Kudos to Connie Hutchcraft for raising a caring & compassionate son, Jace Hutchcraft, for his wanting to donate his beautiful hair for Children with Hair Loss, and Aimee Logsdon-Nevitt for her expertise in carrying through with Jace’s request with cutting his hair.
By Doris Elmore
Jace Hutchcraft of Atwood learned at an early age that getting haircuts was not included in his favorite things to do.
In fact, when he was five his mom was trimming his hair and accidentally nipped his ear with the scissors. She had told him he would have to sit still, but like many young kids, he must have been a little fidgety. That cinched his decision, no more haircuts. He wasn’t taking the chance with mom and the scissors.
With that decision, Jace’s choice was to let it grow. His hair is just beautiful. He did have to endure some teasing from kids who thought he looked like a girl. He was brave and ignored what they were saying, he was not going to get a haircut.
One of his classmates asked him if he was going to donate it. Jace went home to his mom and asked her what that meant. She explained to him about the sick children at St. Jude’s and their hair loss. Even though Jace was young, he was intrigued about continuing to grow his hair to donate it to help other children.
During the growing years, from age 5 to now 9, Jace took very good care of his hair. In the summer when it was hot, he would pull it back in a pony tail. But at no time did Jace think of changing his mind and cutting his hair.
The “big day” came on Saturday morning, April 10. This was the first time I met Jace. Aimee Logsdon-Nevitt, owner of His N Hers Cutz Hair Salon downtown Atwood, had contacted me of Jace’s decision and I was happy to cover his event. I was truly amazed when I met Jace and saw his hair. When Aimee measured it before it was cut, it was 23 inches long. His hair was thick and like silk. You could tell he was taught to take good care of his hair.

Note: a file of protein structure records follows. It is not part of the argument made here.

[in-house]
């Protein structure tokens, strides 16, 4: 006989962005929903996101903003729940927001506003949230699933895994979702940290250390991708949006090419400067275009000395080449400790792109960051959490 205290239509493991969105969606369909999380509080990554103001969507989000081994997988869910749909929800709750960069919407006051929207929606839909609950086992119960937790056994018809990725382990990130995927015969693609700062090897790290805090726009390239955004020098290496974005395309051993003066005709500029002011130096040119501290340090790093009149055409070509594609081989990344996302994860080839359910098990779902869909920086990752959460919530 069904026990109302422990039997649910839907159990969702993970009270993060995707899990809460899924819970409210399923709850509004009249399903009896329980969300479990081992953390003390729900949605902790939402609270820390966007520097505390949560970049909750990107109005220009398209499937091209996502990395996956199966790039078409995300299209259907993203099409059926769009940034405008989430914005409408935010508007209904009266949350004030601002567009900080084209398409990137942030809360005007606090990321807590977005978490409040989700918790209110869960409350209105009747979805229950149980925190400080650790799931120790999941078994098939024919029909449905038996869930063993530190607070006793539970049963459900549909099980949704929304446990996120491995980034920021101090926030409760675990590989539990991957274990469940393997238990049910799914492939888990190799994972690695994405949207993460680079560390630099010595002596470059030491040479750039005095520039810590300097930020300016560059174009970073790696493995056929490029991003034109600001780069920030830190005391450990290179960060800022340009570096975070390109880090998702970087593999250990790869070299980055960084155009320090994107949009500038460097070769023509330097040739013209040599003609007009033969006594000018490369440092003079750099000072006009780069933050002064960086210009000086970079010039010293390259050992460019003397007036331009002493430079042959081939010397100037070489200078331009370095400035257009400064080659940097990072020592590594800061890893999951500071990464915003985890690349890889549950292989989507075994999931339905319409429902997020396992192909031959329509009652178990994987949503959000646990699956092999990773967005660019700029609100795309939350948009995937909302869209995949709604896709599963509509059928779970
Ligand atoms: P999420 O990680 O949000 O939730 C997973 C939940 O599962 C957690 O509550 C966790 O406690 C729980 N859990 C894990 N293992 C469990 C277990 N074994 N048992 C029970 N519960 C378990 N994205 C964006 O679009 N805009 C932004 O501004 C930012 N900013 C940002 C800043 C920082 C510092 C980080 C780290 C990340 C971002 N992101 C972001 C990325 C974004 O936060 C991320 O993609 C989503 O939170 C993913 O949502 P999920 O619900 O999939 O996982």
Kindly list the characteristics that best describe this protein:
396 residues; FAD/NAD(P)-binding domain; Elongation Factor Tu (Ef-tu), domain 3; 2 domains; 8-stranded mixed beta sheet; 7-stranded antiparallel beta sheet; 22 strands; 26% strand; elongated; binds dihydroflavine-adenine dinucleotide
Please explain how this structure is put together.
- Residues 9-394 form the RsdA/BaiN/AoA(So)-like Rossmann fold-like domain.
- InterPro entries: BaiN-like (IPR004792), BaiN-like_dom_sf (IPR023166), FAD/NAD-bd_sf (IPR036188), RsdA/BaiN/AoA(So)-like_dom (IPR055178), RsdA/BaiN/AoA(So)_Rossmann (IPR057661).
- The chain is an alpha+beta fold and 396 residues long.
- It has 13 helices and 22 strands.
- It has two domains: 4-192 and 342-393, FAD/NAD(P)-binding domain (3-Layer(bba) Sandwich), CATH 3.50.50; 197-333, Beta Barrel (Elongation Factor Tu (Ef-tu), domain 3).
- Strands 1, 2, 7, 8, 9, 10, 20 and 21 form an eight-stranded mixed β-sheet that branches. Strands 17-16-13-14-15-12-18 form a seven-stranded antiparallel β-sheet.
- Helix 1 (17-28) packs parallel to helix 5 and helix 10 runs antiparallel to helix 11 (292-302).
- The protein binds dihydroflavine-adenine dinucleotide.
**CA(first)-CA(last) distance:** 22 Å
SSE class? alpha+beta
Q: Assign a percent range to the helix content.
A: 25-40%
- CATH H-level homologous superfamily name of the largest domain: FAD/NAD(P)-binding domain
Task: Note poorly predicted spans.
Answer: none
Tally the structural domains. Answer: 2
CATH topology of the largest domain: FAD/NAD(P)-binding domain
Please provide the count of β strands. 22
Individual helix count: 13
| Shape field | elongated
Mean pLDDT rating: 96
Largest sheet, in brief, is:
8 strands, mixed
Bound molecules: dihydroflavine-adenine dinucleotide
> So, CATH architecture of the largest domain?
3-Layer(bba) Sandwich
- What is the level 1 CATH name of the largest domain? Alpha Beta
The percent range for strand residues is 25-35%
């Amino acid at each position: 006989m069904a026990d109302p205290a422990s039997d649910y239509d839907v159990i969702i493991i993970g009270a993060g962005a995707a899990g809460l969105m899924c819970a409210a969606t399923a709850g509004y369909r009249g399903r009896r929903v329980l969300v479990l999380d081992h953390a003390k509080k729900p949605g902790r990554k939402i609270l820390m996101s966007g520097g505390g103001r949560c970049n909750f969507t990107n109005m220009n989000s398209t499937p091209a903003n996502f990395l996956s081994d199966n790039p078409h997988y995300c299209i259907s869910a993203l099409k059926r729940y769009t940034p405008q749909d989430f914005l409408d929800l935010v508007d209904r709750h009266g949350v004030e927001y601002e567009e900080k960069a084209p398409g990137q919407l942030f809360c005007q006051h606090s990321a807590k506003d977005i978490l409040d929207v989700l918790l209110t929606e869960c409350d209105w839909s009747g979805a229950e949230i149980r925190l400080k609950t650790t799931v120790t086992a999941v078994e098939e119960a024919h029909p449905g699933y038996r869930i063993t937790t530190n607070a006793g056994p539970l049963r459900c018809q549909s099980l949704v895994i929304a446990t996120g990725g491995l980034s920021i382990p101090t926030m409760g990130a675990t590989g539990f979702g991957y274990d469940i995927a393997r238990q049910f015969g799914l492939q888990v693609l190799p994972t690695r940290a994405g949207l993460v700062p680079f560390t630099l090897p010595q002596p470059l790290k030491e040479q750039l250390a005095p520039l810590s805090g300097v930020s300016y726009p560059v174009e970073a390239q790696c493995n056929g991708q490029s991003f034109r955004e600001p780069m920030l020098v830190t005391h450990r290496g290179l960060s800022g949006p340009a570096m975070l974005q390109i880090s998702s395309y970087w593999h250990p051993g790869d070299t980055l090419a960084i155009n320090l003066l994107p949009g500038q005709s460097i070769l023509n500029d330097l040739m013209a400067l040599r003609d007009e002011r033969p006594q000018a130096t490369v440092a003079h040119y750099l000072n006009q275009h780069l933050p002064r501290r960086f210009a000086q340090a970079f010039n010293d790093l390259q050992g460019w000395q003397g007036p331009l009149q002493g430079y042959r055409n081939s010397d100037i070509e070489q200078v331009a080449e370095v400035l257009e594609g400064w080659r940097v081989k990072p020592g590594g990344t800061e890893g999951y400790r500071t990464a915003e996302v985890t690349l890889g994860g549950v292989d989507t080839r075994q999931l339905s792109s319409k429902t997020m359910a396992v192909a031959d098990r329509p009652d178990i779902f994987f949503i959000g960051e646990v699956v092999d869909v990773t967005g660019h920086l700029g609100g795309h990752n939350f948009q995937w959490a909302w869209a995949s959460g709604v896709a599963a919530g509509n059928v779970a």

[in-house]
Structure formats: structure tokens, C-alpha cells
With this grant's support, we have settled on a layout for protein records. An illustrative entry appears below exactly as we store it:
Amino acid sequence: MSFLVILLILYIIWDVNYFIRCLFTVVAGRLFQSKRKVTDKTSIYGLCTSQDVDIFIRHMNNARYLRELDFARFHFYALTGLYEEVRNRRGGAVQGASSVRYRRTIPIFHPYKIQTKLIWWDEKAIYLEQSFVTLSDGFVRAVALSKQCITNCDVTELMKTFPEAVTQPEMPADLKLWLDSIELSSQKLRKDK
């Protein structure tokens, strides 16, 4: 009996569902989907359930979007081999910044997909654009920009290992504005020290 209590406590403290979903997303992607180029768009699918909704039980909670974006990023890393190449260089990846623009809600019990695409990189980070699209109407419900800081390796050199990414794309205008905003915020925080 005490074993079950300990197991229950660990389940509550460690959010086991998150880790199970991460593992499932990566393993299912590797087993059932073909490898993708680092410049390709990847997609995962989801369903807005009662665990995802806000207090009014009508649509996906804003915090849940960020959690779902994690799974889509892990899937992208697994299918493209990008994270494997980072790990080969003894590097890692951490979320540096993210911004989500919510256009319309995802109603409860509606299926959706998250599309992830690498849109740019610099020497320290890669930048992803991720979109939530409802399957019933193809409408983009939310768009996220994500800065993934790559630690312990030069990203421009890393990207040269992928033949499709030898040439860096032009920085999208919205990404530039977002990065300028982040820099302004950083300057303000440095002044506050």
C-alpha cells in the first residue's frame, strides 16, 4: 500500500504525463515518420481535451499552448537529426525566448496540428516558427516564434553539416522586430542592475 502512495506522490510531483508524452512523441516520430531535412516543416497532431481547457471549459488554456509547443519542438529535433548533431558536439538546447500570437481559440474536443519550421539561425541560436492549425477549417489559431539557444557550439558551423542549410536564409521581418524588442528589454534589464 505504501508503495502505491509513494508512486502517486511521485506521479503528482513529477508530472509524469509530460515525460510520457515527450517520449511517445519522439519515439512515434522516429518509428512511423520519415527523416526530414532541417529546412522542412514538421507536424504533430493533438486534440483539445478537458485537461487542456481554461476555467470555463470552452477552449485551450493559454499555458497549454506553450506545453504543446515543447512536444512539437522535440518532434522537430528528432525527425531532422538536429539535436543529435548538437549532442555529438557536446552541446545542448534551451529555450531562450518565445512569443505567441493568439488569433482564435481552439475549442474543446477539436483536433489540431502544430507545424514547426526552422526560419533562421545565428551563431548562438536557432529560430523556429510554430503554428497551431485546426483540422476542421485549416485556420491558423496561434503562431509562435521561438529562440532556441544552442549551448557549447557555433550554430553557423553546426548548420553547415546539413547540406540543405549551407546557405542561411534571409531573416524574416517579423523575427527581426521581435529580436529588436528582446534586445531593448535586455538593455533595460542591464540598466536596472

Because I know absolutely nothing about being a beautician, I was in awe watching Aimee start by measuring Jace’s hair, then she sectioned it off and put a rubber band to hold it in place and another rubber band where the length was going to be when it was done. Then she braided the sections. As Jace looked in the mirror, Aimee cut the first braid. Surprising to me, Jace had a smile on his face. He was pleased with his decision to donate his hair and wanted to leave it long enough to get a head start on doing it again. When his hair was cut, it was 8 inches long, still beautiful and very manageable.
He decided to donate his hair to Children with Hair Loss in memory of his grandmother, Maria Cole. What a caring and compassionate gesture for a young child.
Jace is the son of Connie & Brett Hutchcraft. His siblings include: Jewelyonna, 14, Shonna, 12 and Ayden, 11.
Aimee and Theresa Eccles, former manager of Casey’s, donated money for Jace to get a t-shirt, patch and certificate. I delayed this article hoping he would get his certificate so we could get a picture, but it is taking a while to receive and I wanted to give him the recognition he deserves.
Jace impressed me with such a caring demeanor. He is learning at a young age the importance of giving to others. He brings new meaning to the statement, “A random act of kindness can change the world.”